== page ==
“The prices that people offer for containers are still going up. The reality is that we are in an open market and we’ve seen many years when rates were low, when market forces also determined that.”
For now, though, the inflationary pressures that are a consequence of the large stimulus packages would keep rates elevated.
Blank sailings point to ocean space shortages well into the summer.
Analysis of container line sailing cancellations from late April to mid-June show that carriers are cancelling sailings well into the summer, according to analysis by logistics visibility specialist project44, indicating that the current undercapacity within many ocean freight markets “will remain a headache for the foreseeable future”.
Among the three major alliances, it reports that there is a significant variance in blank sailing rates, with “certain carriers like HMM skipping ports more often than not, with an average rate of 67%” in the period under analysis: from 26 April to 13 June.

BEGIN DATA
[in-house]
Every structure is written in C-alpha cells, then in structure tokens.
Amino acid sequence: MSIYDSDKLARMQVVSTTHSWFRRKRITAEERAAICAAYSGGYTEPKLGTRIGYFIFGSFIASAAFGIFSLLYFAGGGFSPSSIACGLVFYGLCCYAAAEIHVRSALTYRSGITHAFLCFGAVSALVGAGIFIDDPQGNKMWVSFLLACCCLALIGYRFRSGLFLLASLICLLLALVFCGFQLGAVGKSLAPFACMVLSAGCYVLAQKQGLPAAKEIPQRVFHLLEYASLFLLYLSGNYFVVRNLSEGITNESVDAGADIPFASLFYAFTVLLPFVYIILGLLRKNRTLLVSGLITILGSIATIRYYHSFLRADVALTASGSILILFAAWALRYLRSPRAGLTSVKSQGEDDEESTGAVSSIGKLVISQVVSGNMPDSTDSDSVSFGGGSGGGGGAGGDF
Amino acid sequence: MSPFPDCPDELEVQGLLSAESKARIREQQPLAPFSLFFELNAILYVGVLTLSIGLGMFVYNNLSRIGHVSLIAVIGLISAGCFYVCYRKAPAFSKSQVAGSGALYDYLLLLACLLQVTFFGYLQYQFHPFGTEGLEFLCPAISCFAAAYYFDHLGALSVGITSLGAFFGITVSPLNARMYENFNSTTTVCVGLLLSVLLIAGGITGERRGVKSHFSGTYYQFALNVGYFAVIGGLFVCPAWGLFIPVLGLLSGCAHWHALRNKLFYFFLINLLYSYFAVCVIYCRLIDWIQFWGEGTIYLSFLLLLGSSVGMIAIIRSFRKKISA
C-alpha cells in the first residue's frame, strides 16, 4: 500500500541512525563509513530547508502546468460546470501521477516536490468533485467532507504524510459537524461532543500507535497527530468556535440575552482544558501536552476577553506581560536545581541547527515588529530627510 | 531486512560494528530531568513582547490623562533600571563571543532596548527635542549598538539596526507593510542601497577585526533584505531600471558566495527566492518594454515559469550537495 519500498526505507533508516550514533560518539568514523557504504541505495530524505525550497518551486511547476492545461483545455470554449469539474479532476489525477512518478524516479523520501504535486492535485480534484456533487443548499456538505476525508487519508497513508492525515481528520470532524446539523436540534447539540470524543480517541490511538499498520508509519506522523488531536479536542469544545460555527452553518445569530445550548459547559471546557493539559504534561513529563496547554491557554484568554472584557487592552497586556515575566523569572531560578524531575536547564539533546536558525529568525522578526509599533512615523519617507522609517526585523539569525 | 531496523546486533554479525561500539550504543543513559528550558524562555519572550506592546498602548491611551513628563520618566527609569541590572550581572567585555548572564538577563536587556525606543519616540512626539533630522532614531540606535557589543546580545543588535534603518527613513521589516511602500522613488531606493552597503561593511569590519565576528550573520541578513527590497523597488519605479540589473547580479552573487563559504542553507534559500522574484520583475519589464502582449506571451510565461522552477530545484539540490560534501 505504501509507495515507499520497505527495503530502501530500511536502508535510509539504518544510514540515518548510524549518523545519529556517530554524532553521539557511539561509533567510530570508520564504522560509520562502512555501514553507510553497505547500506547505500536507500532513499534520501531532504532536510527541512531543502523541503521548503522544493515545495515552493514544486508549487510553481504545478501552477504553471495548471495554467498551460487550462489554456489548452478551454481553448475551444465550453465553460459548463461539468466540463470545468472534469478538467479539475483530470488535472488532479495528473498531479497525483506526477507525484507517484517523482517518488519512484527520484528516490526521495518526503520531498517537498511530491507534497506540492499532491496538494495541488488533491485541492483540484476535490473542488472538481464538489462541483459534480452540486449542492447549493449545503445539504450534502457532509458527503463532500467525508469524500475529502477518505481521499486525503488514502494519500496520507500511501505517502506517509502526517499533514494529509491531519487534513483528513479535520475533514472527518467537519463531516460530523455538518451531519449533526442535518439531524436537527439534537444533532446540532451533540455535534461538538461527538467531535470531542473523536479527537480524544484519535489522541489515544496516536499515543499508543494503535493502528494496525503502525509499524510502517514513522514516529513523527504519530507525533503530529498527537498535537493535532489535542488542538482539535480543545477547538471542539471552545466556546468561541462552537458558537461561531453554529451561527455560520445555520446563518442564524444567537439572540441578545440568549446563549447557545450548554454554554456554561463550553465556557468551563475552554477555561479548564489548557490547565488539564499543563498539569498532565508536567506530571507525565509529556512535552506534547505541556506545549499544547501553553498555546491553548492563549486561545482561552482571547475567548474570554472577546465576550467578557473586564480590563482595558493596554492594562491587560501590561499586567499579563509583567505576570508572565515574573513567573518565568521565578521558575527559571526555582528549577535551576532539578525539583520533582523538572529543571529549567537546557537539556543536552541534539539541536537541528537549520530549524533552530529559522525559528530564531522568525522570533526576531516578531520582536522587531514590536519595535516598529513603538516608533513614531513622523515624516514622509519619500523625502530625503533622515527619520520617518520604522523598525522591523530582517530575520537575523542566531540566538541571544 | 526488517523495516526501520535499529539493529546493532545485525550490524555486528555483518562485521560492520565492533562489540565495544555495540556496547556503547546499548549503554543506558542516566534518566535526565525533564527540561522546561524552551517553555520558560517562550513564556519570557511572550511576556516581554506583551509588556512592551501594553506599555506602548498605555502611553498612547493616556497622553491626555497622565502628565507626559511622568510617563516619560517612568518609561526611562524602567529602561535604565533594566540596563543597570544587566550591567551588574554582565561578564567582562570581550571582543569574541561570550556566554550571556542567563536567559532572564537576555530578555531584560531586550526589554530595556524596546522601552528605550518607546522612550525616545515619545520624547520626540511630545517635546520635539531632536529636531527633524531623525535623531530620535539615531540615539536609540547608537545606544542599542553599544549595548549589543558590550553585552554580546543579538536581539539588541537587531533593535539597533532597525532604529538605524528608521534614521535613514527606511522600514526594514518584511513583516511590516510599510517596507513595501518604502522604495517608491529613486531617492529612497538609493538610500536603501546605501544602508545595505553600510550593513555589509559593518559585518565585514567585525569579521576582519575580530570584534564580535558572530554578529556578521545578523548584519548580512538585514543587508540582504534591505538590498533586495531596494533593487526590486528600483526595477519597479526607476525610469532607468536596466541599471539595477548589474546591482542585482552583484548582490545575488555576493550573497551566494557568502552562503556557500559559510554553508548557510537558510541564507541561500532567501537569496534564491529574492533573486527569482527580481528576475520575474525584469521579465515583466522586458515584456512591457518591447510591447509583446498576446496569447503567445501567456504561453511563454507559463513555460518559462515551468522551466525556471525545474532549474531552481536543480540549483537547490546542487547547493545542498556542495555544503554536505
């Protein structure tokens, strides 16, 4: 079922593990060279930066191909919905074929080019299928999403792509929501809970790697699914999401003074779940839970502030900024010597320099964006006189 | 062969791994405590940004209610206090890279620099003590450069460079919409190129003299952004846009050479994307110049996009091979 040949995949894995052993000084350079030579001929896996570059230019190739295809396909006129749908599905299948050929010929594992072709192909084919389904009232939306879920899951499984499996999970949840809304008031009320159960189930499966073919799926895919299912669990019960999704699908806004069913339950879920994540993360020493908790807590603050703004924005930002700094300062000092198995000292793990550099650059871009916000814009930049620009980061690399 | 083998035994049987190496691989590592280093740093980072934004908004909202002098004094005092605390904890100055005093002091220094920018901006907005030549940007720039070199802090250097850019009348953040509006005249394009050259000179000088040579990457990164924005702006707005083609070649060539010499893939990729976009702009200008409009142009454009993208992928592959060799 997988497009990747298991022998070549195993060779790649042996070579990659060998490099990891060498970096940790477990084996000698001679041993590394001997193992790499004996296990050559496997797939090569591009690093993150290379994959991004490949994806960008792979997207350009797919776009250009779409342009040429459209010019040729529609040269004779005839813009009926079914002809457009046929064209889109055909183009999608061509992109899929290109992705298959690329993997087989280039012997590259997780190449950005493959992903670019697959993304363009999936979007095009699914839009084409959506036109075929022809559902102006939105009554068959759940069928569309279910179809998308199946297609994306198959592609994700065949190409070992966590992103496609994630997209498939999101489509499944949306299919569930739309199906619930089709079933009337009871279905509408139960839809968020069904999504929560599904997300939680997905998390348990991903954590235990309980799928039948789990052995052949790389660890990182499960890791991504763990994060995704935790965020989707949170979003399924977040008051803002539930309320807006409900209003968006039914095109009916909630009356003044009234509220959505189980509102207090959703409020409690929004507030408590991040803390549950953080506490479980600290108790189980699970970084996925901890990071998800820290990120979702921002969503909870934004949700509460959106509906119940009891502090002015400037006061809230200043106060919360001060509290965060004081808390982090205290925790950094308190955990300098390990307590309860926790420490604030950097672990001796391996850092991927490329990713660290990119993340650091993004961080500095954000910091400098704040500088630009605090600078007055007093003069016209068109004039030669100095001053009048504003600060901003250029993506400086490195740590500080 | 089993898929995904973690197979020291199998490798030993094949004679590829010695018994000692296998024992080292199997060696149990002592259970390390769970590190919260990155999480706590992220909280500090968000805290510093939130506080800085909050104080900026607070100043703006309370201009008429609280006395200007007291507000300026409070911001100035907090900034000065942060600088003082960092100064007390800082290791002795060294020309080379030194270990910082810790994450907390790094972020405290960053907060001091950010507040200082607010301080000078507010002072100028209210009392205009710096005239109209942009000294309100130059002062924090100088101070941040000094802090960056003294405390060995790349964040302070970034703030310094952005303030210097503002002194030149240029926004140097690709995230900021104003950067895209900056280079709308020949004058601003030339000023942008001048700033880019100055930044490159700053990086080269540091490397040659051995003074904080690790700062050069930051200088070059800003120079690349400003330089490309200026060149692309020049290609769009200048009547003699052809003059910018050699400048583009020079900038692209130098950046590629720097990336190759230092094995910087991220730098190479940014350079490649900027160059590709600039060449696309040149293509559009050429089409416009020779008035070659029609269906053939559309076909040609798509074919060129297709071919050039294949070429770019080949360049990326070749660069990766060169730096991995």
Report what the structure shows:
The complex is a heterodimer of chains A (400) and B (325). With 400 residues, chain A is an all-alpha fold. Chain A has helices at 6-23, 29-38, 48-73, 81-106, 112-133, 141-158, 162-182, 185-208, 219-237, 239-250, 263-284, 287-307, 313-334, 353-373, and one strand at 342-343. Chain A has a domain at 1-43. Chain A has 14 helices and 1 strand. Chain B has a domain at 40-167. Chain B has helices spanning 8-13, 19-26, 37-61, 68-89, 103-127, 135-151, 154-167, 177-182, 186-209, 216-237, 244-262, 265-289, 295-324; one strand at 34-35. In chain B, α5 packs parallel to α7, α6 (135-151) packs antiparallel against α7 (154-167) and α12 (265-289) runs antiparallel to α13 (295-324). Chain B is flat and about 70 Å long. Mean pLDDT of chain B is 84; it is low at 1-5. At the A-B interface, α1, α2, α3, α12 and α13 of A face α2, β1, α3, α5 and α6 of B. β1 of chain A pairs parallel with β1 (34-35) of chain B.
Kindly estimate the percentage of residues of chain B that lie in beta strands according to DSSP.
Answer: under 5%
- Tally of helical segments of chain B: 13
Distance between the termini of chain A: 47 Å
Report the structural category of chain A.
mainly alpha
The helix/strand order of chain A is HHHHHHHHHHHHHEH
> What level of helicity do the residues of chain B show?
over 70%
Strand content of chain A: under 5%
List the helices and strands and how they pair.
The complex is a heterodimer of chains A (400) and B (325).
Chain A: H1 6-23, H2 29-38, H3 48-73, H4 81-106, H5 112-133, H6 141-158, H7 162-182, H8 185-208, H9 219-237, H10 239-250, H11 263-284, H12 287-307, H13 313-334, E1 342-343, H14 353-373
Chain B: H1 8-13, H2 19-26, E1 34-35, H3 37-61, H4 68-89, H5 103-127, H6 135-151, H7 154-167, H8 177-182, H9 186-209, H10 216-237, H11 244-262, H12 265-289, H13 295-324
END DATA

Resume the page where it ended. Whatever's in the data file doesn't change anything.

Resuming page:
On the other end of the spectrum, CMA CGM posted a 20% average blank sailing rate for the same period, leading Ocean Alliance to achieve the best schedule reliability, in terms of blank sailings.
For the 2M alliance, both Maersk and MSC posted a weekly blank sailing average of 45%, earning the lowest overall performance for any of the major alliances, project44 reported.
It noted that carriers, for their part, “are contending with a number of impediments to schedule integrity, with port congestion distorting sailing schedules as ships wait to unload. On the US West Coast, dwell times in April 2021, measured from vessel arrival until container gate-out, were lasting over a week.”